John Adams and Benjamin Franklin would roll over in their graves if they heard Alfredo Velazquez' comments in his Feb. 2 letter, "Nation was founded by Christians."
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All that his quotes and points do is prove the value of separation of church and state. If the founding fathers were so clearly devout Christians, and still had the foresight to prohibit " ... respecting an establishment of religion ... " (the First Amendment), how can you possibly call America the "Christian United States of America," based on quotes of these people who plainly recognized the folly of mixing religion with government.
Classifying America as "Christian," and to say that "the Bible was the only law book in this country and that every member should regulate his conduct by the sayings of the Bible" is insulting to me, and more so to the many non-Christians and Christians alike that recognize the importance of the first amendment, and who have fought and died for our freedom, not the least of which is the freedom from someone else's religion telling them what to do.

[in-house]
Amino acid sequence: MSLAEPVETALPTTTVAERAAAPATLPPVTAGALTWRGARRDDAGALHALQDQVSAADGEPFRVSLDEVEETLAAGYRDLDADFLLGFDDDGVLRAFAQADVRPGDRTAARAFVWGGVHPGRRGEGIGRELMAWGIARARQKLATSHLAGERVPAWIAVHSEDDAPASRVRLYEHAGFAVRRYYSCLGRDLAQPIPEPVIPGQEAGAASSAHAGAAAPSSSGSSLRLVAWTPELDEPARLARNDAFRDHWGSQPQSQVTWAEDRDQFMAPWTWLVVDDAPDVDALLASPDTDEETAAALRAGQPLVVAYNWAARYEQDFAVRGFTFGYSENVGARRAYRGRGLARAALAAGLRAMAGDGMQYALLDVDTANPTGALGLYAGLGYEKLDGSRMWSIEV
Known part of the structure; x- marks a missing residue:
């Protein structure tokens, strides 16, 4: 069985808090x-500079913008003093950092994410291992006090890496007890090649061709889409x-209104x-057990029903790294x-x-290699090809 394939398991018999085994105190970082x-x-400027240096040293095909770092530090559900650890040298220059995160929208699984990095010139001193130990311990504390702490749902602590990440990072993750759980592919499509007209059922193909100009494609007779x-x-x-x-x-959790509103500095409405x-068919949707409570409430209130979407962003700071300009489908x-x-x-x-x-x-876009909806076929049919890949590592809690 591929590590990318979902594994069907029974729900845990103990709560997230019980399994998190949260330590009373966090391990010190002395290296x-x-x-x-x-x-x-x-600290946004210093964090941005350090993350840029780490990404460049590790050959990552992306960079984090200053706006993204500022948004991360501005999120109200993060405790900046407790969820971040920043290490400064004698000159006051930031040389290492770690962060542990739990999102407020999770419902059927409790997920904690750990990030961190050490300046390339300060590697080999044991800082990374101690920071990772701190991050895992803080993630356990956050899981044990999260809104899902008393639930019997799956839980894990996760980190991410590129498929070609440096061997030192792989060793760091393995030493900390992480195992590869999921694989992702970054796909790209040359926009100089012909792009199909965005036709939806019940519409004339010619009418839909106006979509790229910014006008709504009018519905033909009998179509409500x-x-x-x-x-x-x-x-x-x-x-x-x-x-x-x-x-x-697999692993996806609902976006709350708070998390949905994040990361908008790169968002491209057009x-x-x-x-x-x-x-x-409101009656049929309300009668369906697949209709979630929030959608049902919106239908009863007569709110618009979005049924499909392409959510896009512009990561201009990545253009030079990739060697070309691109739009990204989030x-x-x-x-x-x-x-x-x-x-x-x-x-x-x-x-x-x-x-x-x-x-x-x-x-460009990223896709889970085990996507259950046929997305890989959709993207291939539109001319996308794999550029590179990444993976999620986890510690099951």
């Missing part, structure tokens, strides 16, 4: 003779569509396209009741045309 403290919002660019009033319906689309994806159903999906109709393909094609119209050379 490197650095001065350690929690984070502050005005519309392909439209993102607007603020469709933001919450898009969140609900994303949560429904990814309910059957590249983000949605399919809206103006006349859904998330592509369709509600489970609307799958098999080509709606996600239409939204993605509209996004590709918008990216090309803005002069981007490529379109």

Supreme Court Justice Harry A. Blackmun summed it up nicely in the Lee versus Weisman ruling, 1992: "When the government puts its imprimatur on a particular religion it conveys a message of exclusion to all those who do not adhere to the favored beliefs. A government cannot be premised on the belief that all persons are created equal when it asserts that God prefers some."
You need only look to the Middle East or to the hundreds of tragic events in history (see, The Spanish Inquisition) to see what happens when religion drives government. Remember what George Santayana said: "Those who cannot remember the past are condemned to repeat it."